Research Article| Volume 164, ISSUE 2, P265-270, February 2022

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Recurrence and survival after laparoscopy versus laparotomy without lymphadenectomy in early-stage endometrial cancer: Long-term outcomes of a randomised trial

Published:December 23, 2021DOI:


      • Long-term outcomes of TLH vs TAH without lymphadenectomy in early EC are reported.
      • There were no significant differences in DFS, OS and DSS, 5 years postoperatively.
      • No port-site or wound metastases were found after TLH or TAH.
      • Our findings support the widespread use of TLH without lymphadenectomy for early EC.



      Laparoscopic hysterectomy is accepted worldwide as the standard treatment option for early-stage endometrial cancer. However, there are limited data on long-term survival, particularly when no lymphadenectomy is performed. We compared the survival outcomes of total laparoscopic hysterectomy (TLH) and total abdominal hysterectomy (TAH), both without lymphadenectomy, for early-stage endometrial cancer up to 5 years postoperatively.


      Follow-up of a multi-centre, randomised controlled trial comparing TLH and TAH, without routine lymphadenectomy, for women with stage I endometrial cancer. Enrolment was between 2007 and 2009 by 2:1 randomisation to TLH or TAH. Outcomes were disease-free survival (DFS), overall survival (OS), disease-specific survival (DSS), and primary site of recurrence. Multivariable Cox regression analyses were adjusted for age, stage, grade, and radiotherapy with adjusted hazard ratios (aHR) and 95% confidence intervals (95%CI) reported. To test for significance, non-inferiority margins were defined.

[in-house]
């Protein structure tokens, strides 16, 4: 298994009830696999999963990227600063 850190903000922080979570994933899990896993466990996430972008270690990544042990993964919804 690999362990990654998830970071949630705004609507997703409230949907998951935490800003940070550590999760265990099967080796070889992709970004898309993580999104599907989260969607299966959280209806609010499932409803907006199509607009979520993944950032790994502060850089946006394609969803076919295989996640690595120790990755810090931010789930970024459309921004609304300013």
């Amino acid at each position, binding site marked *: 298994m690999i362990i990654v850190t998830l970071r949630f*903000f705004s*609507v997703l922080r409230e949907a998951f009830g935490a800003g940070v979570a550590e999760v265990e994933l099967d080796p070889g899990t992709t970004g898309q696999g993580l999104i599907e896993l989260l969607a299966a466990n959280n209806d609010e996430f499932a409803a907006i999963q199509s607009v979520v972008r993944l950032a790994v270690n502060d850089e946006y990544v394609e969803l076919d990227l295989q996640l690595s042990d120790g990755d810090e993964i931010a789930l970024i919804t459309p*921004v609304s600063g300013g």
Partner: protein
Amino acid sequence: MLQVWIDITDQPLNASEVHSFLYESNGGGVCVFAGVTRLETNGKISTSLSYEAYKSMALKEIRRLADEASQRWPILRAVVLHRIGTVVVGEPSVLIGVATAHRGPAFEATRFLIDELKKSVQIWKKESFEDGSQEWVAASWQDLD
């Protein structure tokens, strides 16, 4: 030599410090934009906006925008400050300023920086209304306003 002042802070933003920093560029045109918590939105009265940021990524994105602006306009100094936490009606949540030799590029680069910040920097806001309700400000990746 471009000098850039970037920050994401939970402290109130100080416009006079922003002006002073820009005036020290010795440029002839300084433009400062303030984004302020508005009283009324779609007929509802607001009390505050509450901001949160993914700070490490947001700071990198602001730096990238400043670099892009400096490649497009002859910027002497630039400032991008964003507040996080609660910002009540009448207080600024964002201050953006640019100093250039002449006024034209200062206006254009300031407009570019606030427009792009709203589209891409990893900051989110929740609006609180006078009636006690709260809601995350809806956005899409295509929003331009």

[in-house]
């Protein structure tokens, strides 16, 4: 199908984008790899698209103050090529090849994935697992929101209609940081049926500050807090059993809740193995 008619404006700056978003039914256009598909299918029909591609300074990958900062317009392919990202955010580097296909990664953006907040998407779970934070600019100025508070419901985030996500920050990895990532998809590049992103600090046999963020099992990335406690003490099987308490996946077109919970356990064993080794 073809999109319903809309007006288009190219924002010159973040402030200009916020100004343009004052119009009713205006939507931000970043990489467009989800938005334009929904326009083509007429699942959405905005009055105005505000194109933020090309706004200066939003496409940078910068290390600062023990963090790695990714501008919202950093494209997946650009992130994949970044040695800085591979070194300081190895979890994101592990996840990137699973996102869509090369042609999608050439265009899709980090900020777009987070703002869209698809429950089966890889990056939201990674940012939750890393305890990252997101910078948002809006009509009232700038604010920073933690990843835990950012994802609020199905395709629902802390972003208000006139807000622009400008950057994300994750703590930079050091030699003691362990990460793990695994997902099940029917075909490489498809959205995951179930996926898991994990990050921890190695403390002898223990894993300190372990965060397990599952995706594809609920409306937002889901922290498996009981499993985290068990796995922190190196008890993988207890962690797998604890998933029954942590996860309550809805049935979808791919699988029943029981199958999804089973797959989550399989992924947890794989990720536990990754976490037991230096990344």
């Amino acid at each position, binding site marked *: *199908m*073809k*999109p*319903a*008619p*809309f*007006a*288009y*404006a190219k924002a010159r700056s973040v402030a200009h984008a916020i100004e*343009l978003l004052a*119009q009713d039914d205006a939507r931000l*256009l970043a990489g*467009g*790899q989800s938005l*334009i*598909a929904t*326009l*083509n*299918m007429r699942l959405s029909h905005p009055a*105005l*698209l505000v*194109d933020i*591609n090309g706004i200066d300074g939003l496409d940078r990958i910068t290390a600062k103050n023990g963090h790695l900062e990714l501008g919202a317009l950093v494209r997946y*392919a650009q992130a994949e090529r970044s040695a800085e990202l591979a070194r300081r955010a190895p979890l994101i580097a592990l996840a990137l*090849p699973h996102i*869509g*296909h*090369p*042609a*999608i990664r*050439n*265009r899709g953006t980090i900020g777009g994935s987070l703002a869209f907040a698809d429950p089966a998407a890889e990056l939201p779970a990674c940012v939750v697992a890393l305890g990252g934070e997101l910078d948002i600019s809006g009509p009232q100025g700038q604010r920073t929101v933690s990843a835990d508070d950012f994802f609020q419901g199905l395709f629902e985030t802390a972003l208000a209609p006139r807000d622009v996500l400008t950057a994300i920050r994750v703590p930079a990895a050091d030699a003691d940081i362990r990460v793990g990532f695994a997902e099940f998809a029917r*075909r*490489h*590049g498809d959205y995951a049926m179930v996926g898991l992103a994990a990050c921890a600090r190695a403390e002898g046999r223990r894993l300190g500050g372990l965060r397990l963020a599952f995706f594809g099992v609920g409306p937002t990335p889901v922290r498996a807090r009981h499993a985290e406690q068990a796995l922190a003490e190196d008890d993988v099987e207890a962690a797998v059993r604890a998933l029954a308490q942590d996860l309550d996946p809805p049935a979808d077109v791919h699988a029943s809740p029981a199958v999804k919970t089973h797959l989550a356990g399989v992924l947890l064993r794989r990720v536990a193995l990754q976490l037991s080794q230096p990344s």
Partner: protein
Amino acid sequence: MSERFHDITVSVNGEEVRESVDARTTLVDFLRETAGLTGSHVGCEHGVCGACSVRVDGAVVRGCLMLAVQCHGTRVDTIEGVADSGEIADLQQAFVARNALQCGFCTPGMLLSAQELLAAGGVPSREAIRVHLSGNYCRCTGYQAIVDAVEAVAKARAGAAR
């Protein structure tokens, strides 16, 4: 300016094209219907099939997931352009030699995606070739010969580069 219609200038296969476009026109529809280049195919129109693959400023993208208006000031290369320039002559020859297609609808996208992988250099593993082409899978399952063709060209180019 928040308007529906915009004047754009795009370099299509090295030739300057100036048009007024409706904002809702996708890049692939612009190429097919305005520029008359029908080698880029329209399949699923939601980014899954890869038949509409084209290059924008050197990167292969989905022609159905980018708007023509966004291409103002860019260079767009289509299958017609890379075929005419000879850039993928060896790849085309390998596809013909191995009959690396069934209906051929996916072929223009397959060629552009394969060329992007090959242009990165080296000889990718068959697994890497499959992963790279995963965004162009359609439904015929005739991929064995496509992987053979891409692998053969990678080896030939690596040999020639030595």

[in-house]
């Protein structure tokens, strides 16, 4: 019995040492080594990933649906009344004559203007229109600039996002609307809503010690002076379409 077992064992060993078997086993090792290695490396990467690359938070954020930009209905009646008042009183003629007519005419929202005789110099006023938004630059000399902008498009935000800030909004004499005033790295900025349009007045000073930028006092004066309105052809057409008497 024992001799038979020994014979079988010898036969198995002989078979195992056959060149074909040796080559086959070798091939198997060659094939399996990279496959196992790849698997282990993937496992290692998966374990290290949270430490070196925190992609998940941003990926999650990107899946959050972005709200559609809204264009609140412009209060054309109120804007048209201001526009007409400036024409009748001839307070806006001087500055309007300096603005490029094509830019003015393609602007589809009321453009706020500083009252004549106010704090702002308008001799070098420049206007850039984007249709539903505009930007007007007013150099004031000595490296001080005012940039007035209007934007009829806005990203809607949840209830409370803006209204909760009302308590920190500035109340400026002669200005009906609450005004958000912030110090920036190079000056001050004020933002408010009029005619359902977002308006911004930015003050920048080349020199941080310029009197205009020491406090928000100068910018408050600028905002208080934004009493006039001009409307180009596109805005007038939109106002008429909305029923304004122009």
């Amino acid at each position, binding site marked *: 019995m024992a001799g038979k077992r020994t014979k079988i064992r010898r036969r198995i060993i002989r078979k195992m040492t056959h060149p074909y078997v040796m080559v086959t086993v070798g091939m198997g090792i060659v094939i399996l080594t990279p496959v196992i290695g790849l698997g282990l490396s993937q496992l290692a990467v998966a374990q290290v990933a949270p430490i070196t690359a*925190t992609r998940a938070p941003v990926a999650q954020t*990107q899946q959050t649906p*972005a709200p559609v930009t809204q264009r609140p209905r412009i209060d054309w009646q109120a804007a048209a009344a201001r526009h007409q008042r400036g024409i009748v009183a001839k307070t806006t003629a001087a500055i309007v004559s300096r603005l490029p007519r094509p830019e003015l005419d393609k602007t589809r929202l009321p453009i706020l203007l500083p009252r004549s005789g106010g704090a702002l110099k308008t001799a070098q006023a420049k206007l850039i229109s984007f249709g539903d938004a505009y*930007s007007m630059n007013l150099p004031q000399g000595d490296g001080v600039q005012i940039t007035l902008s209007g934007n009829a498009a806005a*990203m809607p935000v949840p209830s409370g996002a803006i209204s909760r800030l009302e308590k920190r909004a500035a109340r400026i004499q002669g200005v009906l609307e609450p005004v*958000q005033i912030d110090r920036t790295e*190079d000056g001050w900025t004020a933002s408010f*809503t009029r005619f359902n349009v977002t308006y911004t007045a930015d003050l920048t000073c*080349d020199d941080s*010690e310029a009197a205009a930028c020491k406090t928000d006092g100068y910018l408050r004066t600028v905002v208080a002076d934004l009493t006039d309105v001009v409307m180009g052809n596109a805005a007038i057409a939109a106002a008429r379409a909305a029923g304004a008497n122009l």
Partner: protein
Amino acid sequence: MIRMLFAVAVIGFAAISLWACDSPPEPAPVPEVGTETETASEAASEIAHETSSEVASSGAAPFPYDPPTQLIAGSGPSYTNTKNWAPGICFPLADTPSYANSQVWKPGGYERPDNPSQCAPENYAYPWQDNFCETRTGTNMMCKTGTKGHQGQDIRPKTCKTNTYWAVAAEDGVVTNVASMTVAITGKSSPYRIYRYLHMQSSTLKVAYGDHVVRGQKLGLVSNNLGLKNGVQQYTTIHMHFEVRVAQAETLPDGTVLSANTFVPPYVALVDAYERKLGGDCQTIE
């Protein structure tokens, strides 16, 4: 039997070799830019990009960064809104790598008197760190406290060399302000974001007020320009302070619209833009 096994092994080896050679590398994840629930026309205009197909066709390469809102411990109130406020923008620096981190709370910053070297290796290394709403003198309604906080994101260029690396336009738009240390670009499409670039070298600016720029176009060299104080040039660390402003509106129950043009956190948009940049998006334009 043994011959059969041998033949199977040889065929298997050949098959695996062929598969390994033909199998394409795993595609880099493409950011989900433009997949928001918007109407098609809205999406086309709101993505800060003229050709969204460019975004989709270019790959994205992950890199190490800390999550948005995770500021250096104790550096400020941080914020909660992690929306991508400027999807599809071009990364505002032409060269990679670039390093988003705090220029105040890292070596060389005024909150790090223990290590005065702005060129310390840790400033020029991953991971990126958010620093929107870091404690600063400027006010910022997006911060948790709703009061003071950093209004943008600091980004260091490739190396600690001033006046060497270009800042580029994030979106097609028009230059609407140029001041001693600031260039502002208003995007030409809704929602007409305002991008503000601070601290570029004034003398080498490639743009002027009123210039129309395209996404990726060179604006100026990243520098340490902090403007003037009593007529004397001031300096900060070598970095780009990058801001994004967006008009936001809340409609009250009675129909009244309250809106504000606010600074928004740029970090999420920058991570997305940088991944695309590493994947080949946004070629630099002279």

In total, 279 women underwent a surgical procedure, of whom 263 (94%) had follow-up data. For the TLH (n = 175) and TAH (n = 88) groups, DFS (90.3% vs 84.1%; aHR[recurrence], 0.69; 95%CI, 0.31–1.52), OS (89.2% vs 82.8%; aHR[death], 0.60; 95%CI, 0.30–1.19), and DSS (95.0% vs 89.8%; aHR[death], 0.62; 95%CI, 0.23–1.70) were reported at 5 years. At a 10% significance level, and with a non-inferiority margin of 0.20, the null hypothesis of inferiority was rejected for all three outcomes. There were no port-site or wound metastases, and local recurrence rates were comparable.


      Disease recurrence and 5-year survival rates were comparable between the TLH and TAH groups and comparable to studies with lymphadenectomy, supporting the widespread use of TLH without lymphadenectomy as the primary treatment for early-stage, low-grade endometrial cancer.


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